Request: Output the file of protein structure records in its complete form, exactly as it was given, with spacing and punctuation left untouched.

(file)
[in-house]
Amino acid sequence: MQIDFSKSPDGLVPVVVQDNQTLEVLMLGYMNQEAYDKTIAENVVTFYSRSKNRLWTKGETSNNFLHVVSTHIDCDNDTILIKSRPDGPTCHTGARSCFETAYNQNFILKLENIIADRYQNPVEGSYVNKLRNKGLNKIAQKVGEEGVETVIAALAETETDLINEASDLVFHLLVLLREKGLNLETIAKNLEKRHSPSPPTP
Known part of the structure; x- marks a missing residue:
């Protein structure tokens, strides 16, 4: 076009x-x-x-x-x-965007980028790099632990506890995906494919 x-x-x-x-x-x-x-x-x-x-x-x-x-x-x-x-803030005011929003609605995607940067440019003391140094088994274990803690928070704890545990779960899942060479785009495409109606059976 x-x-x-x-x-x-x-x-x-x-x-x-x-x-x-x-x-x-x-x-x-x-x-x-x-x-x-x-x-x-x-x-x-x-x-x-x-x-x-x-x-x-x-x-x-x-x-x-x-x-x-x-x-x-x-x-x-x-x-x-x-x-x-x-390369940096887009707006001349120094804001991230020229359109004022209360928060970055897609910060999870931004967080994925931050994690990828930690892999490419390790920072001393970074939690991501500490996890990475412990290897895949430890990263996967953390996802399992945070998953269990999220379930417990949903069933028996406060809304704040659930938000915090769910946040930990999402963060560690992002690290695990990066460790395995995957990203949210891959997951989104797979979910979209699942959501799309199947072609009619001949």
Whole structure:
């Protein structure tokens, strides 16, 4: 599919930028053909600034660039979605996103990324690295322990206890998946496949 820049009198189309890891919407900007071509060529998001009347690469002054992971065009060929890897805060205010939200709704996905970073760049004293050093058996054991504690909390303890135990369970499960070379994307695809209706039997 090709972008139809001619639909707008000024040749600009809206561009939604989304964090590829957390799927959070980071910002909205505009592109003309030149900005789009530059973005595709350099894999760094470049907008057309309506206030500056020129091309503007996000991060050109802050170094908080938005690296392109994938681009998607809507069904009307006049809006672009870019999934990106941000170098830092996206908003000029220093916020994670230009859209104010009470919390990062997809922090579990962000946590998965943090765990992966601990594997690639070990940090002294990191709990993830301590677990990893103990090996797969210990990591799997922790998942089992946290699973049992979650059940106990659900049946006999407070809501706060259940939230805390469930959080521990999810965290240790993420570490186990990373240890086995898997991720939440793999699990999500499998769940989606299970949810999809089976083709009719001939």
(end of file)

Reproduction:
[in-house]
Amino acid sequence: MQIDFSKSPDGLVPVVVQDNQTLEVLMLGYMNQEAYDKTIAENVVTFYSRSKNRLWTKGETSNNFLHVVSTHIDCDNDTILIKSRPDGPTCHTGARSCFETAYNQNFILKLENIIADRYQNPVEGSYVNKLRNKGLNKIAQKVGEEGVETVIAALAETETDLINEASDLVFHLLVLLREKGLNLETIAKNLEKRHSPSPPTP
Known part of the structure; x- marks a missing residue:
């Protein structure tokens, strides 16, 4: 076009x-x-x-x-x-965007980028790099632990506890995906494919 x-x-x-x-x-x-x-x-x-x-x-x-x-x-x-x-803030005011929003609605995607940067440019003391140094088994274990803690928070704890545990779960899942060479785009495409109606059976 x-x-x-x-x-x-x-x-x-x-x-x-x-x-x-x-x-x-x-x-x-x-x-x-x-x-x-x-x-x-x-x-x-x-x-x-x-x-x-x-x-x-x-x-x-x-x-x-x-x-x-x-x-x-x-x-x-x-x-x-x-x-x-x-390369940096887009707006001349120094804001991230020229359109004022209360928060970055897609910060999870931004967080994925931050994690990828930690892999490419390790920072001393970074939690991501500490996890990475412990290897895949430890990263996967953390996802399992945070998953269990999220379930417990949903069933028996406060809304704040659930938000915090769910946040930990999402963060560690992002690290695990990066460790395995995957990203949210891959997951989104797979979910979209699942959501799309199947072609009619001949």
Whole structure:
């Protein structure tokens, strides 16, 4: 599919930028053909600034660039979605996103990324690295322990206890998946496949 820049009198189309890891919407900007071509060529998001009347690469002054992971065009060929890897805060205010939200709704996905970073760049004293050093058996054991504690909390303890135990369970499960070379994307695809209706039997 090709972008139809001619639909707008000024040749600009809206561009939604989304964090590829957390799927959070980071910002909205505009592109003309030149900005789009530059973005595709350099894999760094470049907008057309309506206030500056020129091309503007996000991060050109802050170094908080938005690296392109994938681009998607809507069904009307006049809006672009870019999934990106941000170098830092996206908003000029220093916020994670230009859209104010009470919390990062997809922090579990962000946590998965943090765990992966601990594997690639070990940090002294990191709990993830301590677990990893103990090996797969210990990591799997922790998942089992946290699973049992979650059940106990659900049946006999407070809501706060259940939230805390469930959080521990999810965290240790993420570490186990990373240890086995898997991720939440793999699990999500499998769940989606299970949810999809089976083709009719001939």